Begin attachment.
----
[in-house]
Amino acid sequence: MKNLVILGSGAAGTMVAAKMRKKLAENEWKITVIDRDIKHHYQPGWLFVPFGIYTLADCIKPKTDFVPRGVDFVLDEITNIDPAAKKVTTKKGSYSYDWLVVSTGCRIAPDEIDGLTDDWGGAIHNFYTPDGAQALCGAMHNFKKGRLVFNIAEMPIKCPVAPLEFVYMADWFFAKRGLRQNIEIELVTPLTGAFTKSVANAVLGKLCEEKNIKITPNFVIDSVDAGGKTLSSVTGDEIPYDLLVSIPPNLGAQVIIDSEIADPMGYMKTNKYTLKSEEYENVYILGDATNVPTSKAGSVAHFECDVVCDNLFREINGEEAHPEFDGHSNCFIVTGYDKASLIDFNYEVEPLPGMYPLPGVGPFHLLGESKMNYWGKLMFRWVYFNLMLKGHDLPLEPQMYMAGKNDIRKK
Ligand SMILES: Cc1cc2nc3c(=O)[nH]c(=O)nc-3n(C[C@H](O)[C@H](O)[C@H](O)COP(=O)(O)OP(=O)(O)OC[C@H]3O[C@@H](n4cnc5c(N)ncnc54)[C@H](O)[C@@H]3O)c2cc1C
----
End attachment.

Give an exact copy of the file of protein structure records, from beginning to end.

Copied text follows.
[in-house]
Amino acid sequence: MKNLVILGSGAAGTMVAAKMRKKLAENEWKITVIDRDIKHHYQPGWLFVPFGIYTLADCIKPKTDFVPRGVDFVLDEITNIDPAAKKVTTKKGSYSYDWLVVSTGCRIAPDEIDGLTDDWGGAIHNFYTPDGAQALCGAMHNFKKGRLVFNIAEMPIKCPVAPLEFVYMADWFFAKRGLRQNIEIELVTPLTGAFTKSVANAVLGKLCEEKNIKITPNFVIDSVDAGGKTLSSVTGDEIPYDLLVSIPPNLGAQVIIDSEIADPMGYMKTNKYTLKSEEYENVYILGDATNVPTSKAGSVAHFECDVVCDNLFREINGEEAHPEFDGHSNCFIVTGYDKASLIDFNYEVEPLPGMYPLPGVGPFHLLGESKMNYWGKLMFRWVYFNLMLKGHDLPLEPQMYMAGKNDIRKK
Ligand SMILES: Cc1cc2nc3c(=O)[nH]c(=O)nc-3n(C[C@H](O)[C@H](O)[C@H](O)COP(=O)(O)OP(=O)(O)OC[C@H]3O[C@@H](n4cnc5c(N)ncnc54)[C@H](O)[C@@H]3O)c2cc1C